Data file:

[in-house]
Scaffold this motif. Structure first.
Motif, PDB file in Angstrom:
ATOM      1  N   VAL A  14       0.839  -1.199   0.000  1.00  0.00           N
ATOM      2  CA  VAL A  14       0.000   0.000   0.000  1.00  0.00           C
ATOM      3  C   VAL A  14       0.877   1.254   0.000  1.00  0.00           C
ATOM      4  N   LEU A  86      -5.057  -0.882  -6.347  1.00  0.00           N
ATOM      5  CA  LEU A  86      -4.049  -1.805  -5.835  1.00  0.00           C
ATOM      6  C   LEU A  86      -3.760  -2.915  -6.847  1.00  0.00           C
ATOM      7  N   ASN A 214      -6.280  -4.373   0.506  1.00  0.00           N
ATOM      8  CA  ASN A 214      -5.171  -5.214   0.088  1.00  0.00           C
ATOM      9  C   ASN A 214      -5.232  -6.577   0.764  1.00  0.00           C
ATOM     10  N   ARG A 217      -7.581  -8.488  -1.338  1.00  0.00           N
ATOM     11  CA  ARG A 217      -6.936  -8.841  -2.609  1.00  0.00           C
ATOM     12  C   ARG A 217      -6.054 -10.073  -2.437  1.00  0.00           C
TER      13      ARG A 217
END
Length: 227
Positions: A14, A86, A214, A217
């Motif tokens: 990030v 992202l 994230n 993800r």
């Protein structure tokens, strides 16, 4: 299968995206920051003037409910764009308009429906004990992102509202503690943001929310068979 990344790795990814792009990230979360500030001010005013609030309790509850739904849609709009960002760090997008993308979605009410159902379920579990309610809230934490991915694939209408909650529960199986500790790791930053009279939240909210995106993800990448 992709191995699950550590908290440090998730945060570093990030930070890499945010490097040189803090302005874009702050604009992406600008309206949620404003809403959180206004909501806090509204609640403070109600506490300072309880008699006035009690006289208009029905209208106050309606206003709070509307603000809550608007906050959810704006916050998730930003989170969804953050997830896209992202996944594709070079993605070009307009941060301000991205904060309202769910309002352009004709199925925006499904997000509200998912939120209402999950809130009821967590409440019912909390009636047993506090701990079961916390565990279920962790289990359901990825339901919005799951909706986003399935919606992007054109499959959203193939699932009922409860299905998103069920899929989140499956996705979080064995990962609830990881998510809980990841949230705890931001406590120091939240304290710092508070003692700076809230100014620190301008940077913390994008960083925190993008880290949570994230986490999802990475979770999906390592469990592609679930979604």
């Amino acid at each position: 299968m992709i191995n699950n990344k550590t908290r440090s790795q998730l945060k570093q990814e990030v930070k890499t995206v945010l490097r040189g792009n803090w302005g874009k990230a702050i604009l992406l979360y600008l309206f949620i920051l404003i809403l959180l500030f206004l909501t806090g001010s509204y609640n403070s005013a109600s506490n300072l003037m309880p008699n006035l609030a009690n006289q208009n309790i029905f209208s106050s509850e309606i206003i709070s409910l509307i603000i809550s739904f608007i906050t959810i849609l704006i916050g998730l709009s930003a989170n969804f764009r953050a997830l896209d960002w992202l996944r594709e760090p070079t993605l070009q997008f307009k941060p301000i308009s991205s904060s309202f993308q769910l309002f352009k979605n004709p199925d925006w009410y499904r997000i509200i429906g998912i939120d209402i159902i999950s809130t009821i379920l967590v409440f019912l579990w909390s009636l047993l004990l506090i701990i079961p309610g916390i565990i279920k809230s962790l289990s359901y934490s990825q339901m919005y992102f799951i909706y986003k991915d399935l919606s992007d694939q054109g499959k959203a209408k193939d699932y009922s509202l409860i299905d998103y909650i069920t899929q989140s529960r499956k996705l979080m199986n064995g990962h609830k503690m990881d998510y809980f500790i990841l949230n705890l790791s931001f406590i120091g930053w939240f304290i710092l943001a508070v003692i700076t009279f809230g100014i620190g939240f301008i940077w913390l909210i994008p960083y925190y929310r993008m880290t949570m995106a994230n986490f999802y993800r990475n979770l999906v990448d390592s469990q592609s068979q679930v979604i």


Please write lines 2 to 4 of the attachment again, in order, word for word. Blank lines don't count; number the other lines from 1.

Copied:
Scaffold this motif. Structure first.
Motif, PDB file in Angstrom:
ATOM      1  N   VAL A  14       0.839  -1.199   0.000  1.00  0.00           N